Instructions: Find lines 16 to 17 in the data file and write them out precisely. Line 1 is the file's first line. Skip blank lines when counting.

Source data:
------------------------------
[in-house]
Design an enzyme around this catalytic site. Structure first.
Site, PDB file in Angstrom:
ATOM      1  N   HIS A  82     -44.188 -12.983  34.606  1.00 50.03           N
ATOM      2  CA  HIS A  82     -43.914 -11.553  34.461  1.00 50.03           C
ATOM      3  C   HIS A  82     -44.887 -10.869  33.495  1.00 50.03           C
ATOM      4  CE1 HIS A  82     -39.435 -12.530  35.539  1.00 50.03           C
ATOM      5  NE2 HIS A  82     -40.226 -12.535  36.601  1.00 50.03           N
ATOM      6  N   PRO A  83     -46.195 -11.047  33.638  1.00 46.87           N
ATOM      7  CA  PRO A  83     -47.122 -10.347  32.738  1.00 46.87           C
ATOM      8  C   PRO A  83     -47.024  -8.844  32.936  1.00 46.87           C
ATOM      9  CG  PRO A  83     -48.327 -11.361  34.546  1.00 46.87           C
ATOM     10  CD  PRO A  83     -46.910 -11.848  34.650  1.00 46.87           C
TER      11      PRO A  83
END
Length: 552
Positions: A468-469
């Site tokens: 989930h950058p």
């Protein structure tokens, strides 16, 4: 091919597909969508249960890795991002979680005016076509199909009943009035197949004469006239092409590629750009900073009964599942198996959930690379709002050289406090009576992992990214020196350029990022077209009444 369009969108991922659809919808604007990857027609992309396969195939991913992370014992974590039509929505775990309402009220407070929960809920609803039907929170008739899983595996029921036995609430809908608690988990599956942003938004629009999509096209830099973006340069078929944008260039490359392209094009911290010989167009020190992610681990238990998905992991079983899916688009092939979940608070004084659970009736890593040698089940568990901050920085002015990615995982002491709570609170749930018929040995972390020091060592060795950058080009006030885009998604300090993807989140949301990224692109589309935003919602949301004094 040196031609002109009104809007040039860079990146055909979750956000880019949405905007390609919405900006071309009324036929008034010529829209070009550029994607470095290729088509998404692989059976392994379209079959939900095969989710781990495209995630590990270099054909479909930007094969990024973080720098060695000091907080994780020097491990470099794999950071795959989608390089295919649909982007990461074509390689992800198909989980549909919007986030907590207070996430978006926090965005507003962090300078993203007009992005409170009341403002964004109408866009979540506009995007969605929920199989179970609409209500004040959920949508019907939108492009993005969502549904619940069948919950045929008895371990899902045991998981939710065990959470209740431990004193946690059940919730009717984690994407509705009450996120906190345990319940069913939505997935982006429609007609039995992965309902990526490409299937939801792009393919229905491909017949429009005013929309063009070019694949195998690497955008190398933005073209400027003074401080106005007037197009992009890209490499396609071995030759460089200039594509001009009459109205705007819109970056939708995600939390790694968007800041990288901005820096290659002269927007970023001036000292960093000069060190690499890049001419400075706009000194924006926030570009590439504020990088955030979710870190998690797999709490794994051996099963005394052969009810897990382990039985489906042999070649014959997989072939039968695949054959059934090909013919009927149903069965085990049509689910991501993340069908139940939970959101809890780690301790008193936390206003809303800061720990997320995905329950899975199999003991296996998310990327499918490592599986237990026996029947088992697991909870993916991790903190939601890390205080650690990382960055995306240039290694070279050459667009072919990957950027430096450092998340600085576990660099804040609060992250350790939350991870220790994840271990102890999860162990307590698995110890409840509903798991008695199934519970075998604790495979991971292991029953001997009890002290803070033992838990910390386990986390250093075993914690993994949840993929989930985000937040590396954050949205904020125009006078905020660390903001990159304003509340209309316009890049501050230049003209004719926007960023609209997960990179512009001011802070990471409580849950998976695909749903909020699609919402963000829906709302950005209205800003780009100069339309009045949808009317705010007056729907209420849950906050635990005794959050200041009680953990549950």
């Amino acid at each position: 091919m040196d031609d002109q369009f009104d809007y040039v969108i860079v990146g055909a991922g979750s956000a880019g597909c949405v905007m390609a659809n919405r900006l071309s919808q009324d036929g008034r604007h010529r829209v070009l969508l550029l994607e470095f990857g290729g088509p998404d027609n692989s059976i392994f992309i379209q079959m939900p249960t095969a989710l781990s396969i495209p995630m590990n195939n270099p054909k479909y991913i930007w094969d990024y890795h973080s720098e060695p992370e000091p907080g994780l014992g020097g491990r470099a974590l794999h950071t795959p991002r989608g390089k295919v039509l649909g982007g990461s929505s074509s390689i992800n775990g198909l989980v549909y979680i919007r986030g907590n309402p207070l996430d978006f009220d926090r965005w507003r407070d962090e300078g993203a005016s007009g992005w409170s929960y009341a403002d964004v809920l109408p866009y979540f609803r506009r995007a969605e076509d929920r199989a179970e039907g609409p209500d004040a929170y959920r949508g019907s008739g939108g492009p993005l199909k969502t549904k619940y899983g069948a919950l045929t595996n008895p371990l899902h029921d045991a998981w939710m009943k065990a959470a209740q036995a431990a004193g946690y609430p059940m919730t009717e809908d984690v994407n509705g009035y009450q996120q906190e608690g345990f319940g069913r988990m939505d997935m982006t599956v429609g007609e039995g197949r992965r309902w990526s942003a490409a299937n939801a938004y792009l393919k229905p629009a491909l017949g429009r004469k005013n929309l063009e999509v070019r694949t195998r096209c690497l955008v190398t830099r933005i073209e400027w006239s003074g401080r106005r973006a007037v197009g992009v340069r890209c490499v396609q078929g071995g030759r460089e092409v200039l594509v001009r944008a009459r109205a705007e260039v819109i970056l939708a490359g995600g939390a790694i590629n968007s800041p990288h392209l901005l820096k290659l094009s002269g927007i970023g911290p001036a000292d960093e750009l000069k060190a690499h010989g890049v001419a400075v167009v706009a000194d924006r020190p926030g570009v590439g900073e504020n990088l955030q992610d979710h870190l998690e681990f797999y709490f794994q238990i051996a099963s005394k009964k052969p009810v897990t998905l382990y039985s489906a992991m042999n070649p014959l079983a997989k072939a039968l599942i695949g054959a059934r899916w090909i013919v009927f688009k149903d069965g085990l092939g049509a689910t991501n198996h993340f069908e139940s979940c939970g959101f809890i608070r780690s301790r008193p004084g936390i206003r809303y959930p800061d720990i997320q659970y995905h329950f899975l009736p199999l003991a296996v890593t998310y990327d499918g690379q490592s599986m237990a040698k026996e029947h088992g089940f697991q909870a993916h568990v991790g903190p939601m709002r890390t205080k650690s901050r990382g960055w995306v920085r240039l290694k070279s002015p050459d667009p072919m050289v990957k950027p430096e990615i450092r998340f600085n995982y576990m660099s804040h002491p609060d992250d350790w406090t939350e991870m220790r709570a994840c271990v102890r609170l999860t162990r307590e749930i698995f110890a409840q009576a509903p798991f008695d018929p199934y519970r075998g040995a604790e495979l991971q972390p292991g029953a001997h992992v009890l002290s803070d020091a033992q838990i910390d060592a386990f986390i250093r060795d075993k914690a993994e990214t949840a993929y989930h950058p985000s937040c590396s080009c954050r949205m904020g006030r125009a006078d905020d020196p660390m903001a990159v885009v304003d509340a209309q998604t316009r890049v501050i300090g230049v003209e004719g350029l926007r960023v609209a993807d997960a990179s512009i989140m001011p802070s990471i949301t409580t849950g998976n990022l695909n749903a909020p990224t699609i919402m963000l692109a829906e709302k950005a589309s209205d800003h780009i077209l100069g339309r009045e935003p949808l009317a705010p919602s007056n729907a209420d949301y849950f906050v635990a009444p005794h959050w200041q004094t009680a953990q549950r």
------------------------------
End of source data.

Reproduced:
Length: 552
Positions: A468-469